March 1, 2024

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Premature babies who drink more breast milk have higher IQs and better academic performance

Premature babies who drink more breast milk have higher IQs and better academic performance


Study: Premature babies who drink more breast milk have higher IQs and better academic performance.

Premature babies are less able to learn in math, reading and other abilities and are also at higher risk for attention deficit and hyperactivity disorder (ADHD).

However, a recent study has shown that intervening in the weeks and months after birth in premature babies may improve neurodevelopmental outcomes later in life.




In a seven-year study of premature babies, researchers from Brigham and Women’s Hospital and collaborators from the South Australian Institute of Health and Medical Research found that drinking more during and after the neonatal intensive care unit (NICU) Breastfed children have higher academic performance, higher IQs, and fewer symptoms of ADHD.

The results of the study were published online in the Journal of the American Medical Association .


“Our study found that providing breast milk to premature infants may have long-term neurodevelopmental benefits,” said corresponding author Mandy Brown Belfort, MD, of the Division of Pediatric Neonatal Medicine. “Many families are committed to the idea of ​​providing breast milk, but can face serious challenges. Our findings underscore the importance of providing support for initiating and maintaining lactation, as breast milk at this early stage can provide benefits many years later.”


Belfort and colleagues studied the neurodevelopmental outcomes of 586 children born at less than 33 weeks’ gestation in one of five perinatal facilities in Australia.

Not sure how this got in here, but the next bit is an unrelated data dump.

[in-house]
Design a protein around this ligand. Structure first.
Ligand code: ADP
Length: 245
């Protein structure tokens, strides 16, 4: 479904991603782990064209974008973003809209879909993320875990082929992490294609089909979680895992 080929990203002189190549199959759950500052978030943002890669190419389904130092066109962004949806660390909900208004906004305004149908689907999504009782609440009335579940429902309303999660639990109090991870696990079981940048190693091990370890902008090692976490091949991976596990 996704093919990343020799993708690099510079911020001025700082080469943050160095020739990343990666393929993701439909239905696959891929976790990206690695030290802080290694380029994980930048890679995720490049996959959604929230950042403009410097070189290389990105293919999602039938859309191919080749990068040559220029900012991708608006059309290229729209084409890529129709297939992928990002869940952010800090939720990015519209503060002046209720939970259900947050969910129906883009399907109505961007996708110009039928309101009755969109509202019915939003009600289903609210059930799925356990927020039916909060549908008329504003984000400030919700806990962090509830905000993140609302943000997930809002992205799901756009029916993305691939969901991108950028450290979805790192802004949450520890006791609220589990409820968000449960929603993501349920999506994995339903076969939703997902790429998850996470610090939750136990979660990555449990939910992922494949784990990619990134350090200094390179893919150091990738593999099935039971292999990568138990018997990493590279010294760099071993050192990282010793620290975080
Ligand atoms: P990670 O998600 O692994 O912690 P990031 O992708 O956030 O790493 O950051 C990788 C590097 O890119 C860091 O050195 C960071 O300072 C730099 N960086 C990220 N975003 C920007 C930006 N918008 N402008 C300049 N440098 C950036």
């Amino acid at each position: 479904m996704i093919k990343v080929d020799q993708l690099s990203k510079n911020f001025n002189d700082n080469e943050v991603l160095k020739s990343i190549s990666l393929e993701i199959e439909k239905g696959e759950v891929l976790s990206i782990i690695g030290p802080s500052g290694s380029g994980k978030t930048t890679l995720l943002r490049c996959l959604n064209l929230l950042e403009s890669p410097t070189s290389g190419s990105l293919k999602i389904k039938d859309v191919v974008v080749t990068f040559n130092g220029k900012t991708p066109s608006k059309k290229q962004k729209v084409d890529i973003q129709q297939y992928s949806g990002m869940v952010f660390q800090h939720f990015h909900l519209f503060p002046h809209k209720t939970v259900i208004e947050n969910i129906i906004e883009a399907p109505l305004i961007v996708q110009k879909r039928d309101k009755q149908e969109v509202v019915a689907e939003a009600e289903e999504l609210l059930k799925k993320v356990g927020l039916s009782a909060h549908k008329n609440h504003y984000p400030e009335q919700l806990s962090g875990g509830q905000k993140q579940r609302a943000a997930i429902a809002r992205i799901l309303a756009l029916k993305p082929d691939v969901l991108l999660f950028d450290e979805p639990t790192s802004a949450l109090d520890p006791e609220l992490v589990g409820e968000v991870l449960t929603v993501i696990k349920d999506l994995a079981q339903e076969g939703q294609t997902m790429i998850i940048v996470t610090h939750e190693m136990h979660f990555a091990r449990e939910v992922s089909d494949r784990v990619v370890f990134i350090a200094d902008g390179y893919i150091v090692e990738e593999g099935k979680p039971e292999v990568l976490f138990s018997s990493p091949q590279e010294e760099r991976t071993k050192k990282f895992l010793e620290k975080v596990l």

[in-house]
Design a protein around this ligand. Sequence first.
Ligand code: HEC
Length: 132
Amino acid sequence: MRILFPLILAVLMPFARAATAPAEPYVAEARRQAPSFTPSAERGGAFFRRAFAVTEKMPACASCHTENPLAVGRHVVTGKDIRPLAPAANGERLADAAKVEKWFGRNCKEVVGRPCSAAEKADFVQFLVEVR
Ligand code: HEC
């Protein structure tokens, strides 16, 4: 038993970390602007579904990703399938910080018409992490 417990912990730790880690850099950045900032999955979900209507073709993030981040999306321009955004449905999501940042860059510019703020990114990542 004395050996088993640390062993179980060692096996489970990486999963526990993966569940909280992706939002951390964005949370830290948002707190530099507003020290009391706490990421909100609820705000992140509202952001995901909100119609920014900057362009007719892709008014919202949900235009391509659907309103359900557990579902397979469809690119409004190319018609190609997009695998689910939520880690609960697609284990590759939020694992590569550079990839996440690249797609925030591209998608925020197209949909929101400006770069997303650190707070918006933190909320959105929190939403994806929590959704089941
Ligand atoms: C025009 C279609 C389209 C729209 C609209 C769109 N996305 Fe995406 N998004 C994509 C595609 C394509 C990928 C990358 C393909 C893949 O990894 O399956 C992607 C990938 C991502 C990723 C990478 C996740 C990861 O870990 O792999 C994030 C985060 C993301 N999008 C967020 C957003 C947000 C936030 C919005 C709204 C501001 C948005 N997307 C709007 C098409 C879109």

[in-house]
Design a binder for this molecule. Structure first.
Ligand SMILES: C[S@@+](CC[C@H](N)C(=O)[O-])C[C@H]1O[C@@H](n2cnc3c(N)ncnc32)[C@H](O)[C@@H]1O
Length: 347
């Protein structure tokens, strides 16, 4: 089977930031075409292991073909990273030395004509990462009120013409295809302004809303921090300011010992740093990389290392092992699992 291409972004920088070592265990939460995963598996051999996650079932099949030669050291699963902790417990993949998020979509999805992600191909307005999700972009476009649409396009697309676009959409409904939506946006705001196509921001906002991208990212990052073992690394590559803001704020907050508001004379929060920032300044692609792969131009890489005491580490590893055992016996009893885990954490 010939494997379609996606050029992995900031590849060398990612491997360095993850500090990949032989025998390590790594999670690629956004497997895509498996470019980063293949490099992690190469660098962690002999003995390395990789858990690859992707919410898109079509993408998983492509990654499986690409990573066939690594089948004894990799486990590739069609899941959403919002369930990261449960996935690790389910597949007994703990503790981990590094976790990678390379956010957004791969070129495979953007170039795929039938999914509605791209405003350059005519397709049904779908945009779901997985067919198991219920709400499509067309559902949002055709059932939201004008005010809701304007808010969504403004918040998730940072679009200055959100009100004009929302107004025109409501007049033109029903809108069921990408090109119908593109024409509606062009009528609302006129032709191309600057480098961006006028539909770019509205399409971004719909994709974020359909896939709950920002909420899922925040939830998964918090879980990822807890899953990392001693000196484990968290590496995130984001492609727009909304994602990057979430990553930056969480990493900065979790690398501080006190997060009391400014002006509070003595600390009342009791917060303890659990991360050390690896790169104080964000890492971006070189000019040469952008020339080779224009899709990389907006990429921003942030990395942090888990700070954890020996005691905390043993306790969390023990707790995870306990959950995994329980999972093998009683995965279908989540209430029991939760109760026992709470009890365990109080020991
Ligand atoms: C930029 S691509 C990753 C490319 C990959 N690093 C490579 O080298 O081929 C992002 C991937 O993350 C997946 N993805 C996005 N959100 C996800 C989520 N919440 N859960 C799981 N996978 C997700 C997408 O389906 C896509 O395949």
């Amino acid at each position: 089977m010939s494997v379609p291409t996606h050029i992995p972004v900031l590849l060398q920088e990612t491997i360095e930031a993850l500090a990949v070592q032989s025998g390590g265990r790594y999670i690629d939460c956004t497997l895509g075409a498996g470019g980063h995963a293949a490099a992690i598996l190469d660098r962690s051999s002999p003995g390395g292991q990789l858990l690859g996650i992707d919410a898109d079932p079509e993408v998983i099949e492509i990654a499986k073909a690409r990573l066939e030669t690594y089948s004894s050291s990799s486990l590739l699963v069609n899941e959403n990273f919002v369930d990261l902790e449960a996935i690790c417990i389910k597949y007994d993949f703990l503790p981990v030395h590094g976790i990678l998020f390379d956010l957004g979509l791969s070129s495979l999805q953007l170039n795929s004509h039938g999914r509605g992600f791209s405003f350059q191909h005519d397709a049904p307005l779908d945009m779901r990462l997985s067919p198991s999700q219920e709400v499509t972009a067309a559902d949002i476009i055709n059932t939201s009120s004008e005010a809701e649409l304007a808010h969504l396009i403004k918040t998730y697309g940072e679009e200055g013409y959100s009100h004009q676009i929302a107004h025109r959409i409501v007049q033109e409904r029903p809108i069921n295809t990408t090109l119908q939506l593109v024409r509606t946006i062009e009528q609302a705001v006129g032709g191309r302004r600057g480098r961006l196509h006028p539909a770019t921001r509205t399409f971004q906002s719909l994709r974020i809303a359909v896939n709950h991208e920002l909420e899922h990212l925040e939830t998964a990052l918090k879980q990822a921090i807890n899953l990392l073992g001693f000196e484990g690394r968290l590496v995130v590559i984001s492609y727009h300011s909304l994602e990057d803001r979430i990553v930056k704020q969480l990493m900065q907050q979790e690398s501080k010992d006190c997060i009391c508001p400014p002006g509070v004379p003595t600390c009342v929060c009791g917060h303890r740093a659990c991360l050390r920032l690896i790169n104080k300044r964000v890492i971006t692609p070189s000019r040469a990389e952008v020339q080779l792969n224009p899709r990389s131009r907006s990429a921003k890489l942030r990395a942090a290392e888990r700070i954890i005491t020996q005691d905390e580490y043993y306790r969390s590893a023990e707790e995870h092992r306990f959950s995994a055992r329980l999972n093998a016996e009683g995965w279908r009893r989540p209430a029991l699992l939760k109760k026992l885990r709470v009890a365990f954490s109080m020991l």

Children were assessed at age 7 (corrected for preterm birth).

The researchers examined data on breast milk dose (how much breast milk a baby gets each day) and breast milk duration (how long a mother continues to breastfeed) to see if they predict certain neurodevelopmental outcomes.

These outcomes included academic performance, verbal and performance IQ, ADHD symptoms, executive function, and behavior.


Overall, the team found that higher breast milk intake was associated with higher performance IQ and higher reading and math scores.

Parents also reported that children who drank more breast milk during infancy experienced fewer ADHD symptoms. The duration of breast milk intake (until 18 months of corrected age) was also associated with higher reading, spelling and math scores.

The researchers controlled for confounding factors, including clinical and social factors. These beneficial associations were stronger for infants born at the lowest gestational age, especially those born before 30 weeks of gestation.


The authors noted that their study was observational — they could not establish cause and effect, as there may be other uncalculated factors affecting the ability to provide breast milk and academic achievement.

Strengths of the study include its sheer size, the range of findings, and the ability for researchers to assess school-age outcomes.

Other studies have only followed preschool children, making it difficult to assess the full range of neurodevelopmental outcomes.


Overall, Belfort sees the team’s findings as a nod to guidance from the American Academy of Pediatrics and the World Health Organization, both of which recommend breastfeeding for babies.


Belfort said: “Our study confirms the recommended strategies to support parents in providing breast milk for premature babies. It reinforces the call for health policies and parental leave policies that support, rather than oppose, parents. As a society, we need to invest in families – – It’s an investment that will continue to benefit children when they reach school age.”







Premature babies who drink more breast milk have higher IQs and better academic performance

(source:internet, reference only)

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Important Note: The information provided is for informational purposes only and should not be considered as medical advice.